How do you maintain integrity when working with organisations who may be considered competitors?

There is one competitor we’ve worked alongside on a few projects now, including this current one. We see it as a partnership, where we happily help them with their work and they do the same. Even though sometimes it may be easier to manage ourselves as separate companies, we work as one team to perform at the highest level possible. Putting the client first means understanding what is best for the programme.

It obviously helps when the objectives are clear and others share their plans, good communication within a team is the equivalent of a robust delivery plan, which obviously you need as well.

How can technology aid collaboration?

Well, it doesn’t always. I mean things like slack are quite good in terms of tech discussions and communications that are visible to other people and not hidden. That comes with its own issues though, written communication can often be open to interpretation.

Things like Jira and Trello, where you can create a ticket for each story, makes everything you’re working on visible. It’s just a way of recording things for everyone to see, and a way of looking at what other individuals are doing as well as really aiding collaboration. If you see someone working on something that you understand, you can offer help and work towards solutions faster.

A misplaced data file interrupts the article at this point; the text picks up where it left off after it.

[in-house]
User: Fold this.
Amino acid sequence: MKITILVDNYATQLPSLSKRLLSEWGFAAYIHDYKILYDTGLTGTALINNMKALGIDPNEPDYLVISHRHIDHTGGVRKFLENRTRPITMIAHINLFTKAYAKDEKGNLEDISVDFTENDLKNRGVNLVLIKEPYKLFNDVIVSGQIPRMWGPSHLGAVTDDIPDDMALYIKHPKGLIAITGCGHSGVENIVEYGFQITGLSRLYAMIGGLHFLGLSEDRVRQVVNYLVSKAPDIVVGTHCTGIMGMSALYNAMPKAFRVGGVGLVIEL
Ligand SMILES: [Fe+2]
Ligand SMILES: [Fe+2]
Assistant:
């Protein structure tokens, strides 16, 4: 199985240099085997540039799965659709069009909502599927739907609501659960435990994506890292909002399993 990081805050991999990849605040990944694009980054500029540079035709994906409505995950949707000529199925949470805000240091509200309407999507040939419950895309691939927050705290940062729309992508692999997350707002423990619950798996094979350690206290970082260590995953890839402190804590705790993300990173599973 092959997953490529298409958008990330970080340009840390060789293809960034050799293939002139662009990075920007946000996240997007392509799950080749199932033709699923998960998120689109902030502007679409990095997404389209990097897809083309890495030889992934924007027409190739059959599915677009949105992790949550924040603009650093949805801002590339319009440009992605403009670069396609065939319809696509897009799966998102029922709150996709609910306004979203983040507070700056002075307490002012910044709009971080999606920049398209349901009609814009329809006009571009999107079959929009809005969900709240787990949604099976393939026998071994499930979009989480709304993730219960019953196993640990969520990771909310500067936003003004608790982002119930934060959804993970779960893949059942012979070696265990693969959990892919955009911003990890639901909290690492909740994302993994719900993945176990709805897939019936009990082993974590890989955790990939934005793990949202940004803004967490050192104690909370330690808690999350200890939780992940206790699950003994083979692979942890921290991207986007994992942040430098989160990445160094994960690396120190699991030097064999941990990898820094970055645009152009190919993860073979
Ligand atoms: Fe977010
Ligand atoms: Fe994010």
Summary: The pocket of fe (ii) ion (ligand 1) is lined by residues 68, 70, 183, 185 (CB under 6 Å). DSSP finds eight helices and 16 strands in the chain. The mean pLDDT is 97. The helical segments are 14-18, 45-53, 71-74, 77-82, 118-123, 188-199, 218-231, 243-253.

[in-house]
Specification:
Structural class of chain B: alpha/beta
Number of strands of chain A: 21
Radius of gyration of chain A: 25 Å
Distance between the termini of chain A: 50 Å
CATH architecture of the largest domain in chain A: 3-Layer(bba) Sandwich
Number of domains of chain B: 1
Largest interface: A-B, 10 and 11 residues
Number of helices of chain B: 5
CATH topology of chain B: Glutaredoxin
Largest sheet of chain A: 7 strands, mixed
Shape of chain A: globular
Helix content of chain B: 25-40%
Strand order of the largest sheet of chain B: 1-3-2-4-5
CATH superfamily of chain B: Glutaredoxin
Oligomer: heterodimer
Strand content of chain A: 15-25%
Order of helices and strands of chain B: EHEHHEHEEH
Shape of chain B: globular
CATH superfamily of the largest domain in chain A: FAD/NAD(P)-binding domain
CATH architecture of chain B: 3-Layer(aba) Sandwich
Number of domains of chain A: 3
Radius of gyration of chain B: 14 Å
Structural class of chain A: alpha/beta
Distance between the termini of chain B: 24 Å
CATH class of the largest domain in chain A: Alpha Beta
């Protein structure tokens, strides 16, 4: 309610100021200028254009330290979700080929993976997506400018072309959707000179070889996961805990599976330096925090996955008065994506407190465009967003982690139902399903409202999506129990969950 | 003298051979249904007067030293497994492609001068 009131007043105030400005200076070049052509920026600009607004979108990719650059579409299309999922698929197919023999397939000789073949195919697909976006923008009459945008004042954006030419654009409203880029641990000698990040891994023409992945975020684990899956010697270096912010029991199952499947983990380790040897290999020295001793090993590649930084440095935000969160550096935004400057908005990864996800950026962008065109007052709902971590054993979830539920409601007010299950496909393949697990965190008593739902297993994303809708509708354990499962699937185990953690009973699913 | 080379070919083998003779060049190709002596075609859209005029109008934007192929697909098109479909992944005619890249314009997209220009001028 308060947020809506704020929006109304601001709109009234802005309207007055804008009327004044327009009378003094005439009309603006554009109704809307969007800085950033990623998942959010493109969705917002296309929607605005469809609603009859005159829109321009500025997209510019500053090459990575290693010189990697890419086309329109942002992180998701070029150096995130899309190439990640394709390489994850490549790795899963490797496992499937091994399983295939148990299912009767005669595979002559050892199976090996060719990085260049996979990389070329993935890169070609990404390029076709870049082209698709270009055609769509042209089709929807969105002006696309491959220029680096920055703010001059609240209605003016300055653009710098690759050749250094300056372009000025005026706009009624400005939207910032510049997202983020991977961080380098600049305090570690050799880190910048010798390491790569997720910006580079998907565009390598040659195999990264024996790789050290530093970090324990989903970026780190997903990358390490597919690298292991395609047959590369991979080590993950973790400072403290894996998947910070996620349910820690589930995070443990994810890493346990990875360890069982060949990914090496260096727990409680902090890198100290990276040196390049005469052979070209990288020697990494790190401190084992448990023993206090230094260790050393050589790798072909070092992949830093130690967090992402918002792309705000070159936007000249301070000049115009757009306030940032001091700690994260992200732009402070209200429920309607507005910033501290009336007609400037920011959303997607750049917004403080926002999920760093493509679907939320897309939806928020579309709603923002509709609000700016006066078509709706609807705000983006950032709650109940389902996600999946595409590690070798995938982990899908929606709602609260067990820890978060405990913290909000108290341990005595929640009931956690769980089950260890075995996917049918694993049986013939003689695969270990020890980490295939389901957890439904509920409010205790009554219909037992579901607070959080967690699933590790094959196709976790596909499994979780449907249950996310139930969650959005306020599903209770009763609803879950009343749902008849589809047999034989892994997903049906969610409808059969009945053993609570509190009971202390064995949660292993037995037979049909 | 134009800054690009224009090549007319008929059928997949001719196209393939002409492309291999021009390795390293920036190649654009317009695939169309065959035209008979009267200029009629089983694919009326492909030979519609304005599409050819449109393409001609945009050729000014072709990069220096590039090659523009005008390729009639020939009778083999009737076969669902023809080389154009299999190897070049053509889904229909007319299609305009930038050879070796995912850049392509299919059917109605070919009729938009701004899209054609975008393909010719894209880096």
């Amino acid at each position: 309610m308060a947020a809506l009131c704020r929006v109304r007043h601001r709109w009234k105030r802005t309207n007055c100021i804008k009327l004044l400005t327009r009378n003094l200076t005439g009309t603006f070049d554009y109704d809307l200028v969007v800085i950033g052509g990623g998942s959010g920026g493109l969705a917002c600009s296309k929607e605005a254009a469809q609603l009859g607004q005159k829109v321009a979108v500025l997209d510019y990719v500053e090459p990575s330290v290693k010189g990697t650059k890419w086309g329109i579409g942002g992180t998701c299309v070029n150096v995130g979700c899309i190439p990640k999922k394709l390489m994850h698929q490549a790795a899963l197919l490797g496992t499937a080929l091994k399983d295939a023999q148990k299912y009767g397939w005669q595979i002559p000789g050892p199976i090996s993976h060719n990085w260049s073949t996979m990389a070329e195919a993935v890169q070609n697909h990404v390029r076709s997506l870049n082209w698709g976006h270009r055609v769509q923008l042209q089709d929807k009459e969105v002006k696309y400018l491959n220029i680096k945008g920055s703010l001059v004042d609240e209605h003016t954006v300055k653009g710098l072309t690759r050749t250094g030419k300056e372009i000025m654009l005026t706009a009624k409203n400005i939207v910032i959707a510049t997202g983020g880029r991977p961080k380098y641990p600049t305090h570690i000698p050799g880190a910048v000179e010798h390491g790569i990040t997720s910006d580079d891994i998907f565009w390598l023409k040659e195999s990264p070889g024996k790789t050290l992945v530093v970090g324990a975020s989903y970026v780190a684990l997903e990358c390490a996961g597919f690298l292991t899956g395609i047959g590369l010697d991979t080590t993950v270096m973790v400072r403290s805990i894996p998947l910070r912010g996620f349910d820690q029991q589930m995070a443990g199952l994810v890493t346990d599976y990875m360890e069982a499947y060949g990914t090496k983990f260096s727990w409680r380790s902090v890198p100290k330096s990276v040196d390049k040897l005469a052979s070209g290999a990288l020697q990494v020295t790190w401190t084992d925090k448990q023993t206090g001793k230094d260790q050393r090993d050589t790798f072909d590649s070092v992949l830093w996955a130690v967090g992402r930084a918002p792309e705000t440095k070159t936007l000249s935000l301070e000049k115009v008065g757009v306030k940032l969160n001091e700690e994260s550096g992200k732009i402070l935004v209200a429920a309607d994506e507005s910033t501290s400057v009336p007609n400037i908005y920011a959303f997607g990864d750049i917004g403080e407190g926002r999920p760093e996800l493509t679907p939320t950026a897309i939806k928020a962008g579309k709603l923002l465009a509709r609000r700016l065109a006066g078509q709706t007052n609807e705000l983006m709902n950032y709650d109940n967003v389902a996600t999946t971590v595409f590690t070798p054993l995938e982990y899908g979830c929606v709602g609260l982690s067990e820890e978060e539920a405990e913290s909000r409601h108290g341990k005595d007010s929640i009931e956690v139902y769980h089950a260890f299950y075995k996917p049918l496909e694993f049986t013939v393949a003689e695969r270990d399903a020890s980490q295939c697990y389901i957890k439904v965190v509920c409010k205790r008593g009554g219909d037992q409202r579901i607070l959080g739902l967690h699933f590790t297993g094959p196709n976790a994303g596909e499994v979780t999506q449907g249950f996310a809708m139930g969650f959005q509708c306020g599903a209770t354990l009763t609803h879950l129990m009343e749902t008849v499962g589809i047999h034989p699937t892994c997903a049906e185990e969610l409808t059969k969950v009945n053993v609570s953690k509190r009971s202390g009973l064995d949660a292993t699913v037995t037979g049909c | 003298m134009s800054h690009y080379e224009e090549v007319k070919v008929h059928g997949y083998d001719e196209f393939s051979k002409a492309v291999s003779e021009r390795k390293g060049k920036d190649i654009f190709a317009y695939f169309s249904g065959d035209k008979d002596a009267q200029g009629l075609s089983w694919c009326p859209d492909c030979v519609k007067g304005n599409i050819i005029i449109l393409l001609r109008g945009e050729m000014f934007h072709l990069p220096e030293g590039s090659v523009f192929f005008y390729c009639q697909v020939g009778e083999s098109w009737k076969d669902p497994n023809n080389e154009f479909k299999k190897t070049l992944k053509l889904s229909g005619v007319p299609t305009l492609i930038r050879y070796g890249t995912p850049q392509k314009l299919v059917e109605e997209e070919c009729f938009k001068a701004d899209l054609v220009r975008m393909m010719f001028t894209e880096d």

If there’s a ticket for each ‘thing’ for example one for design, automation, deploy, you can link all of that together to show a flow of work between disciplines.

Has DevOps truly changed the way devs and ops work together in practice?

Overall, though it’s not as simple as you might think. It can’t work without everyone getting on board. It’s more than the people who ‘do DevOps’, have more experience and a deeper understanding of what Dev and Ops need.

I’d say the answer is probably that it doesn’t help if you still consider them to be separate things. So DevOps embedded in a Dev team, or DevOps in infrastructure or Operations defeats the point. You need to completely consolidate it into one team.

It’s good to have a name for the role, and it’s clearly in demand, but it’s applying the same principles I’ve always applied over the years as an engineer, and that’s what makes you good really – good principles, like strong communication, mutual respect for each others roles, that sort of thing. 

Can you think of a recent situation which has helped demonstrate the value of teamwork?

I’ve taken time to get to know the key stakeholders of the project that have helped us get involved with more strategic projects with the client. Relationship building gives us a chance to influence.

I’ve probably formed the best relationships by just being honest. Being willing to speak out when things could be done better or if there are issues, but in a way that’s constructive.

That’s good and bad in a way, with our way of working there’s nowhere to hide if you haven’t done something, so if people listen to what you need, you’ve got absolutely no excuse if it doesn’t get done. But being accountable is the best way in the long run.

So, that’s it. Everything comes back to communication, and although it sounds simple, it’s something we’ve perfected through our experience delivering over 55 cloud and automation projects for organisations with complex needs. Effective communication in an enterprise environment can be difficult, but our team are experts. That’s why we choose to live our values.